S.N.A.F.U. (Status Normal: All F*cked Up) The Marines are usually credited with this particular acronym, which originated during World War II. There is some evidence that radio operators came up with the phrase to give humorous meaning to a commonly used set of letters from coded messages. In modern usage, this acronym has essentially the same meaning, lacking only the cynical mocking of commanding officers. (S.U.S.F.U. [Situation Unchained: Still F*cked Up] was coined as a follow-up, but it has largely fallen out of use.

F.U.B.A.R. had several variations of meaning, though “F*cked Up Beyond All Repair” pretty much covers it. Occasionally, it was defined as “F*cked Up By A**holes in the Rear” to express frustration with military command issuing orders from the comfort and safety of their offices well out of harm’s way. Like SNAFU, it originated as military slang during World War II, and it has retained its original meaning in modern slang.

Ambulance Dogs in WWI were sent with medical supplies to find wounded soldiers who could not be otherwise reached. They were also called Mercy Dogs because, very often, all they could do was comfort the dying.

Basket case is used in a fairly lighthearted way today (often describing someone who repeatedly makes stupid mistakes, or who crumbles under pressure), but it has a strange history. Shortly after World War I, rumors circulated of multitudes of soldiers who had been so badly injured that they had to be carried from the battlefield in a barrow or basket, usually having lost all four of their limbs. This belief was so strong that it persists in the public imagination today despite direct evidence to the contrary. In 1919, the Surgeon General of the Army made a public statement that this was not the case, and only one quadruple amputee from the war is known to have survived. Ethelbert Christian lost all four limbs at the Battle of Vimy Ridge in 1917, but he learned how to walk on prosthetics and lived what appears to have been a full and happy life.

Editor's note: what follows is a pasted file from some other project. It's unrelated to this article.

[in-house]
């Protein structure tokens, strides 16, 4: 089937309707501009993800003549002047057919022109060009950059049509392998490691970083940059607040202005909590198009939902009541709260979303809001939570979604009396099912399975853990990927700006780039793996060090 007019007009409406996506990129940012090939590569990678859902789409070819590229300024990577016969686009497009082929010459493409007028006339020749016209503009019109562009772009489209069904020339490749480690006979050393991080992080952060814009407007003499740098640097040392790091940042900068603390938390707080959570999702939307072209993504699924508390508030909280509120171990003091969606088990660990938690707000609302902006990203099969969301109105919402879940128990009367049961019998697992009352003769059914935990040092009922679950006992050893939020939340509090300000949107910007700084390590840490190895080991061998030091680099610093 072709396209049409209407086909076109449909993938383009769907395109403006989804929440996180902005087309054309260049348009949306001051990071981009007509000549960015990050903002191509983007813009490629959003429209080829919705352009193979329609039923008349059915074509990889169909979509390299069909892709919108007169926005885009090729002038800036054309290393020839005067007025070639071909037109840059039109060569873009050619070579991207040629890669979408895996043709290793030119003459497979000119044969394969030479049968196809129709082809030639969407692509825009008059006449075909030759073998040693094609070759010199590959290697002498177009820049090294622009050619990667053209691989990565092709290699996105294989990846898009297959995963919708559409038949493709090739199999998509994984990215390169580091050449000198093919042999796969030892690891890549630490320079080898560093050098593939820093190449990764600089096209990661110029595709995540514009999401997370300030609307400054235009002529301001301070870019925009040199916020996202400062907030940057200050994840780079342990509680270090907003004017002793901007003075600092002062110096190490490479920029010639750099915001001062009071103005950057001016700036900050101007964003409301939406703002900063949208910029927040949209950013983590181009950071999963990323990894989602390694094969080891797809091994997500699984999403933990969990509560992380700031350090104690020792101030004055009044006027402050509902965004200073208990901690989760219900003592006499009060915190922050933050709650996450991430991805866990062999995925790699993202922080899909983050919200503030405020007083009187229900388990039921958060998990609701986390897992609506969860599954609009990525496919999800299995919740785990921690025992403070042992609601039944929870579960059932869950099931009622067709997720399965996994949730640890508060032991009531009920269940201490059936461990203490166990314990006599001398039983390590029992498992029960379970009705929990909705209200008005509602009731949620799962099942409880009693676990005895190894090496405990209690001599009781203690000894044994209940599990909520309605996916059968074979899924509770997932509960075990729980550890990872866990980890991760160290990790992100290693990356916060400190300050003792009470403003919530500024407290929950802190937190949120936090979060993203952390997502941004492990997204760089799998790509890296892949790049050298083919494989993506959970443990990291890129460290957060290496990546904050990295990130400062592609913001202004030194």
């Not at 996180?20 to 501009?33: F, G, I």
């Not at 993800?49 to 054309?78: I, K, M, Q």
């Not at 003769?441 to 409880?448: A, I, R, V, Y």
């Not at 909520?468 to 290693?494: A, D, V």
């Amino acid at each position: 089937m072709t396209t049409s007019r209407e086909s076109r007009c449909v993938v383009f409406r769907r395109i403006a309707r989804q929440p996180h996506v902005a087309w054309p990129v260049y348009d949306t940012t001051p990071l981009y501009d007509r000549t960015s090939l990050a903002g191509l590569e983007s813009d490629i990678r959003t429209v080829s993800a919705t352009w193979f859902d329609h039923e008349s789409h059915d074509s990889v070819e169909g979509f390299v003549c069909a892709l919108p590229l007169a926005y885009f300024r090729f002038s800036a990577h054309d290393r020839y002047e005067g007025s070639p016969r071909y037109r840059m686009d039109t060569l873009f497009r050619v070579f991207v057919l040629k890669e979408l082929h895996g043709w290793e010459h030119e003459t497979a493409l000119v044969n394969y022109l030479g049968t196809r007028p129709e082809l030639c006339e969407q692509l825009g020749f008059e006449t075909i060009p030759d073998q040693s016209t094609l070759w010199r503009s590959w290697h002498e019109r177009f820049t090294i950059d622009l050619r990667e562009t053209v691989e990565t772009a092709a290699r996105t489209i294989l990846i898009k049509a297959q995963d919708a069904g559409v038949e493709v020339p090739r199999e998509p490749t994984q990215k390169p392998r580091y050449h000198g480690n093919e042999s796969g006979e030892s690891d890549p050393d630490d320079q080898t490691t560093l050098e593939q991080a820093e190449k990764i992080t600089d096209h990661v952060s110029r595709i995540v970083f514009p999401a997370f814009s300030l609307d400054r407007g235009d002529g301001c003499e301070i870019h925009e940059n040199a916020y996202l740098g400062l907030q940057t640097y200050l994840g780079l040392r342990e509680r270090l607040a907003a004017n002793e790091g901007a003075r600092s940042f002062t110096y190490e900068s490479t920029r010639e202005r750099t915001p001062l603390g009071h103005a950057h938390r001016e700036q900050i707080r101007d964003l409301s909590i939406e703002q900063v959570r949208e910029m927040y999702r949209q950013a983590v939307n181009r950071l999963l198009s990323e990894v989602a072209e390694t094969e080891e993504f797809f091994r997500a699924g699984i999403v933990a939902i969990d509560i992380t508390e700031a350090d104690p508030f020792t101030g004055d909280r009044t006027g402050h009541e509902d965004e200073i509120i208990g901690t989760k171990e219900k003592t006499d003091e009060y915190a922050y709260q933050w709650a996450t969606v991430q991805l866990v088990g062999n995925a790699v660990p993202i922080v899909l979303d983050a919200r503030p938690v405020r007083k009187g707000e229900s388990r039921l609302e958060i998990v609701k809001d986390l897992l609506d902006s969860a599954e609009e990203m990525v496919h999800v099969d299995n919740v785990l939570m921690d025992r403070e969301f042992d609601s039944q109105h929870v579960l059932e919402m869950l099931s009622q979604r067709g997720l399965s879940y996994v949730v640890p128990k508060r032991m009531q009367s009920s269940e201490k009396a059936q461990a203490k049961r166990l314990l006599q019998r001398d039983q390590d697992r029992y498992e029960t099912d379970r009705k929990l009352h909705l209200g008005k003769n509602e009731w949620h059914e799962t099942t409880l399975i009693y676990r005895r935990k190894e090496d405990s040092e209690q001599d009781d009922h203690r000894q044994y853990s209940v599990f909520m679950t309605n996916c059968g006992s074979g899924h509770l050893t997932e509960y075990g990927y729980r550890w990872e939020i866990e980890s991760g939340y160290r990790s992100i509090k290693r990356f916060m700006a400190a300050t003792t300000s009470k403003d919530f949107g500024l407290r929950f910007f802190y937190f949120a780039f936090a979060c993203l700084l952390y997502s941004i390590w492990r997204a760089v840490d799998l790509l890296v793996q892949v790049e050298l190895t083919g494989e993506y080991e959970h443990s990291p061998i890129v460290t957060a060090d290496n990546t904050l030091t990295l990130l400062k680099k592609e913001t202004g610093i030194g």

Blue-footed booby
In Spanish, “bobo” is a clown or a fool.

Booby-trap has been in use since the mid-19th century for a fairly harmless prank or practical joke. A “booby” was used in English slang to mean a stupid or gullible person as early as the late 17th century. But in WWI, it morphed into meaning an explosive device deliberately disguised as a harmless object. The English journalist Sir Philip Gibbs (1877-1962) said, “the enemy left … slow-working fuses and ‘booby-traps’ to blow a man to bits or blind him for life if he touched a harmless looking stick or opened the lid of a box, or stumbled over an old boot.”

As a nickname for body lice or head lice, cooties first appeared in trenches slang in 1915. It was presumably derived from the coot, a species of waterfowl known for being infested with lice and other parasites. Today it’s a children’s term for an imaginary germ or a repugnant quality transmitted by obnoxious or slovenly people.